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Liberal professor rejoices: “Snowflakes are becoming a blizzard”

Millennials in Boston are protesting Donald Trump's victory, but now they're trying to save their fellow undocumented classmates from being deported (via Twitter/Zeninjor Enwemeka)

Millennials¬†are protesting Trump and his agenda now more than ever. Some think that now millennials are having their voices heard. They’re wrong. (via Twitter/Zeninjor Enwemeka)

After years of being denigrated and dismissed, precious “snowflake” millennials are supposedly coalescing into a giant “blizzard” and swallowing the Trump presidency whole.

That’s the theme of an article written by Penn State University professor Sophia McClennen in Salon, and millennials might as well read Chicken Soup for the Millennial Soul while they’re at it.

Citing recent polls, McClennen argues that because 57 percent of millennials view Donald Trump as an illegitimate president and only 22 percent approve of his job that somehow millennials are finally making their voices heard.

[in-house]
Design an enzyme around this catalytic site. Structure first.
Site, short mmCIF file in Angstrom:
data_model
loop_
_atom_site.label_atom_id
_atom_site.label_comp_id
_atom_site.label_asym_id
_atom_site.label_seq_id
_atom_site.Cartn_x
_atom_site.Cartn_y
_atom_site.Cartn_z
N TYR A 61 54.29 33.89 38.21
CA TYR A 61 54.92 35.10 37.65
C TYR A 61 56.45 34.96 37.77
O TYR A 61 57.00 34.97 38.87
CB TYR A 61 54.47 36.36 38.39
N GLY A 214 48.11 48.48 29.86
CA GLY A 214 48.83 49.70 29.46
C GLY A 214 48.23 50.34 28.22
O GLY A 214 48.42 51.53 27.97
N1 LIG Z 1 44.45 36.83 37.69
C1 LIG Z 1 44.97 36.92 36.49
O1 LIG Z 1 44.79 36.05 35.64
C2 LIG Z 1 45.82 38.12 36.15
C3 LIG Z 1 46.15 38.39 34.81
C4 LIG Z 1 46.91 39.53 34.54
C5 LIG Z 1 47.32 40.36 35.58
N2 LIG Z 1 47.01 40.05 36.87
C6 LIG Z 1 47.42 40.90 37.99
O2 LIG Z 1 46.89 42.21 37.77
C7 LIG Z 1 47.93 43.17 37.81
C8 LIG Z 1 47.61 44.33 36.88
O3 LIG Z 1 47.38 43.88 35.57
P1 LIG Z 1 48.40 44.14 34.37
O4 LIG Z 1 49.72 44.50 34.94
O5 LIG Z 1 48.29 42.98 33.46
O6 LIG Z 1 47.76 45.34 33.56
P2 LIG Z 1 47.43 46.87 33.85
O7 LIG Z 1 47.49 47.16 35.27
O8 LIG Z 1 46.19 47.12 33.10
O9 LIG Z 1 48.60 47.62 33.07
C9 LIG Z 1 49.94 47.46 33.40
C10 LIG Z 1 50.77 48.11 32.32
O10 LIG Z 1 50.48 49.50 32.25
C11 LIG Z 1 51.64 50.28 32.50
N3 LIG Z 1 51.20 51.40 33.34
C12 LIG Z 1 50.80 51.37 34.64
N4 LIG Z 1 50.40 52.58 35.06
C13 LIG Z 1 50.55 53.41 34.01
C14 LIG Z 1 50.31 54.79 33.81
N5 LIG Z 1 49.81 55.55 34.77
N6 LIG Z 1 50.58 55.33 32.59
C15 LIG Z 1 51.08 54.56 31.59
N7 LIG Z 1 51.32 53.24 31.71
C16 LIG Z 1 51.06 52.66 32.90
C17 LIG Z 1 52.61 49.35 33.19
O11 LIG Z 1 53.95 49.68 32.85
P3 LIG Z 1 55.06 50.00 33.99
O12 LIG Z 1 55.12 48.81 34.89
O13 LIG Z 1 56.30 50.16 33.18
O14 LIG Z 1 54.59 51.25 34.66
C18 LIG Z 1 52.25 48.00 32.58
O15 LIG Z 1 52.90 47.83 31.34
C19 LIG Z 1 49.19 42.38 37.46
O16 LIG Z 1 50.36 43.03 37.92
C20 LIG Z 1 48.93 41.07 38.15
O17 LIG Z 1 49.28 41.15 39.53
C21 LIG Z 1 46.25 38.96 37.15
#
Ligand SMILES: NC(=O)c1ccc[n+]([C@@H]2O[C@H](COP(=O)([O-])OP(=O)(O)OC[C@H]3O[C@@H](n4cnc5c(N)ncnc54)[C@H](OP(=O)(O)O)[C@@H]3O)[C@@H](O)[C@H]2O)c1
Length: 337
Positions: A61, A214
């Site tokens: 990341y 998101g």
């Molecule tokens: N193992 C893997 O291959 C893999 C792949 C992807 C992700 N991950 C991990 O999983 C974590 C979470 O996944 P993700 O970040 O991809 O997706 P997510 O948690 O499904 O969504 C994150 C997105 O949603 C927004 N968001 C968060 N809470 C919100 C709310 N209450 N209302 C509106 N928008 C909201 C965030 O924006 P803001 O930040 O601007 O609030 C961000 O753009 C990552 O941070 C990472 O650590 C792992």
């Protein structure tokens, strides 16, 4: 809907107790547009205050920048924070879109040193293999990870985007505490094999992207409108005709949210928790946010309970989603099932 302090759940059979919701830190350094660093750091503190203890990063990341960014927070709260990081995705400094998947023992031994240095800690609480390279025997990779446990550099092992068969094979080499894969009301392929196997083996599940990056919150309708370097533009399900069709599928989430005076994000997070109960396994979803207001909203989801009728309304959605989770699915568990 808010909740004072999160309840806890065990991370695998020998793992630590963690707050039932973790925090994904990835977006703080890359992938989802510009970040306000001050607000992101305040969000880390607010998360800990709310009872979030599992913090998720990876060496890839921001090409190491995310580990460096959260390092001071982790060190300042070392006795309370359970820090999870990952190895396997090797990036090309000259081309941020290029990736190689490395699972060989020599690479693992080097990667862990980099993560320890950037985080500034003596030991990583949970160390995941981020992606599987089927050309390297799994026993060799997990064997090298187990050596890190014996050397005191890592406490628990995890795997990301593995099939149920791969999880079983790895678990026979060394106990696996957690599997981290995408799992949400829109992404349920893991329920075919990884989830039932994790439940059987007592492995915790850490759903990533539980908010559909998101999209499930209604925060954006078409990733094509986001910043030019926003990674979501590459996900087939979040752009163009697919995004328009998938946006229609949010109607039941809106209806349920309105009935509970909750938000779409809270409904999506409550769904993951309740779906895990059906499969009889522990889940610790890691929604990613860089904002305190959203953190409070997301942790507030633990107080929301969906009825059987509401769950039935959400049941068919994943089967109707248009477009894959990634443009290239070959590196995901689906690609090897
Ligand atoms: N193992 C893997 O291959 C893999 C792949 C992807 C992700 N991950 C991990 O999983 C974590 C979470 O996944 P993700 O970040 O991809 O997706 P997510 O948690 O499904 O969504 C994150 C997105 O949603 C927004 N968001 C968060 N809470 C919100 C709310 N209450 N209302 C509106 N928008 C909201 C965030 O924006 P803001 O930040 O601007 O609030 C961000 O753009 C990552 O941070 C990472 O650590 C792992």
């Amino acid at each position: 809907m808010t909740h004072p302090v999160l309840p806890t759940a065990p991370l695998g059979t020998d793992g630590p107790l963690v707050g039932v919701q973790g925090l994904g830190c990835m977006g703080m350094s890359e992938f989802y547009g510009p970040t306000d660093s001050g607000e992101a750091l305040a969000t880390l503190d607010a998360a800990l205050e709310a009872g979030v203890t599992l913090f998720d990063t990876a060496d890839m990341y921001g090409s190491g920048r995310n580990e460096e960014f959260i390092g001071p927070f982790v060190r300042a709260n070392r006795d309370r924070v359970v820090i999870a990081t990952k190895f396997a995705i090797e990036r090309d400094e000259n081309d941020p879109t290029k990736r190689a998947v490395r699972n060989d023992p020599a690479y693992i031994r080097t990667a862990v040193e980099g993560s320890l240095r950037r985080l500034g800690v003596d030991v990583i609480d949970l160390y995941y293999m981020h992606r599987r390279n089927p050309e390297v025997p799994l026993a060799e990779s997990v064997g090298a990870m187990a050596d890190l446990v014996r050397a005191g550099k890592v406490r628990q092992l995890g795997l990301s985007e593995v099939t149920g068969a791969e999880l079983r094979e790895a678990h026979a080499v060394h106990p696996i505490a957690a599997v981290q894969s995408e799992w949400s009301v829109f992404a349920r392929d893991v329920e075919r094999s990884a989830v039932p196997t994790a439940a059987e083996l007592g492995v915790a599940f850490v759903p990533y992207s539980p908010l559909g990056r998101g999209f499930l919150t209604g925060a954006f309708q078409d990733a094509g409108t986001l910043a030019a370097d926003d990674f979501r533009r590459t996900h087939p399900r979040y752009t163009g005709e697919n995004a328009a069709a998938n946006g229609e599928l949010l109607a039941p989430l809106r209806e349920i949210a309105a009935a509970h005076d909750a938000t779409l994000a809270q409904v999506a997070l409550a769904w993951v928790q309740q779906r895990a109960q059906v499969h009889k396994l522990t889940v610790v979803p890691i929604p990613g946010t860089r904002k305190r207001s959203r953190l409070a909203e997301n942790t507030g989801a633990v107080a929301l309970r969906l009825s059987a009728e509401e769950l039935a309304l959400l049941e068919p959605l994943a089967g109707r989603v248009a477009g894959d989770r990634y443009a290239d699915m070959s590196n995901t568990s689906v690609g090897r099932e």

However, there’s a fallacy in her logic as millennials did have their voice heard. First of all, the methodology in the poll she cited is junk. Secondly, not even six months ago, 24 million millennials under the age of 35 voted in the 2016 election. By our math, at least 2 million more millennial voters cast their ballot for Donald Trump than projected by the polls, with the president winning 35 percent of their support.

There are many individual cases where millennial voices are silenced, but it’s not happening in the voting booth, and it’s certainly not directed at liberals. It’s happening on college campuses. The rise of anti-fascist and anti-Trump protesters in the last few months has completely stymied conservative and anti-establishment speech in places like UC-Berkeley and NYU.

While polls showed that a majority of Americans feared a Trump presidency, particularly women and people of color, millennial conservatives have consistently gotten the short end of the stick by being verbally abused and physically assaulted by those same type of “snowflake” millennials that McClennan’s discusses.

There’s nothing wrong with wanting your voice to be heard, but amplifying your voice at the mental and physical expense of your political opponent doesn’t create more unity. And with the divisiveness we see in today’s political climate, who really needs more of that?

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